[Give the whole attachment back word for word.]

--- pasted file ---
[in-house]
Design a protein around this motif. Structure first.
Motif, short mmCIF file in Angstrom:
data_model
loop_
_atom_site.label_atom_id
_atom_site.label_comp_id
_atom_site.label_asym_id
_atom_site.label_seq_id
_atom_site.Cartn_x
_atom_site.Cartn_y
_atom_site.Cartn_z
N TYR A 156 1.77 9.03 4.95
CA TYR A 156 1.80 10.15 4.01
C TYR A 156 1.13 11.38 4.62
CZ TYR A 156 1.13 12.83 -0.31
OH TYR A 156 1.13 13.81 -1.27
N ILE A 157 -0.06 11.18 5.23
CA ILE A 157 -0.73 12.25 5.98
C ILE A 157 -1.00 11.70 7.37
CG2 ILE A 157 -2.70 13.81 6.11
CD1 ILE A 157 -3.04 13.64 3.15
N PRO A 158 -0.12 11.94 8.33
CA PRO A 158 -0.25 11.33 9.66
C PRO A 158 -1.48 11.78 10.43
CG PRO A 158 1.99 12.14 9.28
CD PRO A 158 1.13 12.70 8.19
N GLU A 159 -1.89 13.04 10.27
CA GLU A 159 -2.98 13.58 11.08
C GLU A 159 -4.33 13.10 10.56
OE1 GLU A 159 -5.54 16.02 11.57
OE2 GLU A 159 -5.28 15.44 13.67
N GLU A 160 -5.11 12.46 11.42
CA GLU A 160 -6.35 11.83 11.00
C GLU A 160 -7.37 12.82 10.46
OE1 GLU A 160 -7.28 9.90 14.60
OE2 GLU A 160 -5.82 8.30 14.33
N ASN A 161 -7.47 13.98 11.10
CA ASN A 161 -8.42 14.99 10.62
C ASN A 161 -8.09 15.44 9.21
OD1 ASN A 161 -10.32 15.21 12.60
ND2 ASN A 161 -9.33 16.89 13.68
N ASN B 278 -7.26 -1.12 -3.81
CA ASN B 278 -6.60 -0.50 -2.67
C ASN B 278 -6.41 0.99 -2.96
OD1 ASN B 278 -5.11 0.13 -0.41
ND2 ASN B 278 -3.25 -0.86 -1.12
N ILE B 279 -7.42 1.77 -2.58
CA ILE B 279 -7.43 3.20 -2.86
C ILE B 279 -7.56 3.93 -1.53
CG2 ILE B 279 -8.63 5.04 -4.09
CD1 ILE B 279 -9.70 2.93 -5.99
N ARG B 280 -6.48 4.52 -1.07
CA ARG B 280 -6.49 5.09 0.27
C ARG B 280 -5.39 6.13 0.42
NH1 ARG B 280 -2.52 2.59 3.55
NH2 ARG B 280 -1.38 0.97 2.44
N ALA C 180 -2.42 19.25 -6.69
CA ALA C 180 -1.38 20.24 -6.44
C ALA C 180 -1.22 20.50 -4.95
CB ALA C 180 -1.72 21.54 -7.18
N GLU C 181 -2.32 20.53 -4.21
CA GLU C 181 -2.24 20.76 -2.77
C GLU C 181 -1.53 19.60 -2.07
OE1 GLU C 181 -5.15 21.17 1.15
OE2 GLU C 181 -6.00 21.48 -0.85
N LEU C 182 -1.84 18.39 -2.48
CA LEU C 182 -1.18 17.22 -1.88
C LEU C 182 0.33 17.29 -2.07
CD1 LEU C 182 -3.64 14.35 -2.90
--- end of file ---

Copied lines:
[in-house]
Design a protein around this motif. Structure first.
Motif, short mmCIF file in Angstrom:
data_model
loop_
_atom_site.label_atom_id
_atom_site.label_comp_id
_atom_site.label_asym_id
_atom_site.label_seq_id
_atom_site.Cartn_x
_atom_site.Cartn_y
_atom_site.Cartn_z
N TYR A 156 1.77 9.03 4.95
CA TYR A 156 1.80 10.15 4.01
C TYR A 156 1.13 11.38 4.62
CZ TYR A 156 1.13 12.83 -0.31
OH TYR A 156 1.13 13.81 -1.27
N ILE A 157 -0.06 11.18 5.23
CA ILE A 157 -0.73 12.25 5.98
C ILE A 157 -1.00 11.70 7.37
CG2 ILE A 157 -2.70 13.81 6.11
CD1 ILE A 157 -3.04 13.64 3.15
N PRO A 158 -0.12 11.94 8.33
CA PRO A 158 -0.25 11.33 9.66
C PRO A 158 -1.48 11.78 10.43
CG PRO A 158 1.99 12.14 9.28
CD PRO A 158 1.13 12.70 8.19
N GLU A 159 -1.89 13.04 10.27
CA GLU A 159 -2.98 13.58 11.08
C GLU A 159 -4.33 13.10 10.56
OE1 GLU A 159 -5.54 16.02 11.57
OE2 GLU A 159 -5.28 15.44 13.67
N GLU A 160 -5.11 12.46 11.42
CA GLU A 160 -6.35 11.83 11.00
C GLU A 160 -7.37 12.82 10.46
OE1 GLU A 160 -7.28 9.90 14.60
OE2 GLU A 160 -5.82 8.30 14.33
N ASN A 161 -7.47 13.98 11.10
CA ASN A 161 -8.42 14.99 10.62
C ASN A 161 -8.09 15.44 9.21
OD1 ASN A 161 -10.32 15.21 12.60
ND2 ASN A 161 -9.33 16.89 13.68
N ASN B 278 -7.26 -1.12 -3.81
CA ASN B 278 -6.60 -0.50 -2.67
C ASN B 278 -6.41 0.99 -2.96
OD1 ASN B 278 -5.11 0.13 -0.41
ND2 ASN B 278 -3.25 -0.86 -1.12
N ILE B 279 -7.42 1.77 -2.58
CA ILE B 279 -7.43 3.20 -2.86
C ILE B 279 -7.56 3.93 -1.53
CG2 ILE B 279 -8.63 5.04 -4.09
CD1 ILE B 279 -9.70 2.93 -5.99
N ARG B 280 -6.48 4.52 -1.07
CA ARG B 280 -6.49 5.09 0.27
C ARG B 280 -5.39 6.13 0.42
NH1 ARG B 280 -2.52 2.59 3.55
NH2 ARG B 280 -1.38 0.97 2.44
N ALA C 180 -2.42 19.25 -6.69
CA ALA C 180 -1.38 20.24 -6.44
C ALA C 180 -1.22 20.50 -4.95
CB ALA C 180 -1.72 21.54 -7.18
N GLU C 181 -2.32 20.53 -4.21
CA GLU C 181 -2.24 20.76 -2.77
C GLU C 181 -1.53 19.60 -2.07
OE1 GLU C 181 -5.15 21.17 1.15
OE2 GLU C 181 -6.00 21.48 -0.85
N LEU C 182 -1.84 18.39 -2.48
CA LEU C 182 -1.18 17.22 -1.88
C LEU C 182 0.33 17.29 -2.07
CD1 LEU C 182 -3.64 14.35 -2.90